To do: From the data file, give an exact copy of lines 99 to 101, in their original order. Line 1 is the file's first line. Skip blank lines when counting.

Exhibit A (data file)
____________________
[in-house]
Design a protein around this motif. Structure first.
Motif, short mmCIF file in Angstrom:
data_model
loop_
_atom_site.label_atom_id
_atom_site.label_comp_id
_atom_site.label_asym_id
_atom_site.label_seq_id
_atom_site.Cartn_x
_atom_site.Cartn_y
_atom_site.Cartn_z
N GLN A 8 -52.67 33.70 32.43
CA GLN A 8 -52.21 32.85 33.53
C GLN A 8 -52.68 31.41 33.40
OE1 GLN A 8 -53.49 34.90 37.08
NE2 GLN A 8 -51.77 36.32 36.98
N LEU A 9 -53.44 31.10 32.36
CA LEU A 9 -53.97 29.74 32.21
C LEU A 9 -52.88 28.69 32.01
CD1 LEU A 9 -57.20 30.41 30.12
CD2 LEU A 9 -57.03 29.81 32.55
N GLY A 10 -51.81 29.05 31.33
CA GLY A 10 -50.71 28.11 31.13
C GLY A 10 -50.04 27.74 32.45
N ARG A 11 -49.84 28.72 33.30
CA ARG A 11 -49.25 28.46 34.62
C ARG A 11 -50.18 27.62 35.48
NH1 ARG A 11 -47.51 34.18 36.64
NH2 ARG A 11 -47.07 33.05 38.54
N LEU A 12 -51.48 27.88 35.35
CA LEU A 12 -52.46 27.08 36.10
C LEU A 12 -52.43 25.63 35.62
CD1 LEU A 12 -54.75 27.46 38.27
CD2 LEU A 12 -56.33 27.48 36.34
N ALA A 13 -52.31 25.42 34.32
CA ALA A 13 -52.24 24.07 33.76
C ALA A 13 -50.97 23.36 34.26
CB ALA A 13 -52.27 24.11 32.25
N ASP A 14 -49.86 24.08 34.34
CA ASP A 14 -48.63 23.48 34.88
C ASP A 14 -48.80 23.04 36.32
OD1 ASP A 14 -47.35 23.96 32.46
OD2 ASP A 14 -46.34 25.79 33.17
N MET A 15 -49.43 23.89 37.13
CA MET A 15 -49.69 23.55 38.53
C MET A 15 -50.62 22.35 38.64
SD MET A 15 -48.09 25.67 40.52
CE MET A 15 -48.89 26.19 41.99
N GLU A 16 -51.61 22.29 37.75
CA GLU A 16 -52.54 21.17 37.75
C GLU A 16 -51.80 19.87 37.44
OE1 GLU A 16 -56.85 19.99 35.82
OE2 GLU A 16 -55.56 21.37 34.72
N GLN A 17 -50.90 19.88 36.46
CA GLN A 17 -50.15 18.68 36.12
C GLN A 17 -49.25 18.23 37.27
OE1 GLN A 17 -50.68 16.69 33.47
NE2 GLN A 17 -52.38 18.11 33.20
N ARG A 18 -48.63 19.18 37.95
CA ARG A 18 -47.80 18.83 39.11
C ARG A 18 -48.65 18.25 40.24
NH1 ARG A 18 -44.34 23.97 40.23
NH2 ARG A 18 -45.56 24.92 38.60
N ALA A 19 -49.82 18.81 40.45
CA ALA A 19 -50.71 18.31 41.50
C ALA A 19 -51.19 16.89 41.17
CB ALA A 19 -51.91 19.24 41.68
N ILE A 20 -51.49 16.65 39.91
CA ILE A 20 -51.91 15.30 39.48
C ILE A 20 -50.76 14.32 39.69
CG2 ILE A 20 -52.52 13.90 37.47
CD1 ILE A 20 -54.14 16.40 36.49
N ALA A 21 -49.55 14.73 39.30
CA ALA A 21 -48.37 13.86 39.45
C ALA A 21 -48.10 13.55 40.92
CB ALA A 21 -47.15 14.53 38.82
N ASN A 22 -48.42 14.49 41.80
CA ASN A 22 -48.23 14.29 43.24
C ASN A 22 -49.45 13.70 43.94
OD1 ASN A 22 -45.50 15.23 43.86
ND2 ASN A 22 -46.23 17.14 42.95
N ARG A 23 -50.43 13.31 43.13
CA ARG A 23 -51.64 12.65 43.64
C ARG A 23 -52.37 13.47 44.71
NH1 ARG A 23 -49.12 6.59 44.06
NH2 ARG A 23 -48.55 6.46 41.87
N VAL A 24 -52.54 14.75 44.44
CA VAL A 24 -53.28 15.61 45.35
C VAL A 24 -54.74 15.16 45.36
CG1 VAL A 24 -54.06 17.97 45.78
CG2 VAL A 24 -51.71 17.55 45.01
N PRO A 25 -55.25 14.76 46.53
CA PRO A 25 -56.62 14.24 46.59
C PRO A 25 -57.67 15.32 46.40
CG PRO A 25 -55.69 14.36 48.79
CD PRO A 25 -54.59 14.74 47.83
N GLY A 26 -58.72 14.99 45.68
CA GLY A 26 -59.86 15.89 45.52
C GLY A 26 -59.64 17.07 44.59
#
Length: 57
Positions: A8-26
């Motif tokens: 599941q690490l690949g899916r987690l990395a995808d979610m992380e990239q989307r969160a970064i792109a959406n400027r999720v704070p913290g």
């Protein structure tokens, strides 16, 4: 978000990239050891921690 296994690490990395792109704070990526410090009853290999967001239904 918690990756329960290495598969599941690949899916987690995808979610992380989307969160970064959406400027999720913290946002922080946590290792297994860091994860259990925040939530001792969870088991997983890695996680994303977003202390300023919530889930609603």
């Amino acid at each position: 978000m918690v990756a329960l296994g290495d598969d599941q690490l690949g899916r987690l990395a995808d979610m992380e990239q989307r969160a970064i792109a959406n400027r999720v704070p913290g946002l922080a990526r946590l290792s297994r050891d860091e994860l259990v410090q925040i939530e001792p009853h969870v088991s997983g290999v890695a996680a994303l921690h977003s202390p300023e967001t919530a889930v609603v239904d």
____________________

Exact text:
CA GLY A 26 -59.86 15.89 45.52
C GLY A 26 -59.64 17.07 44.59
#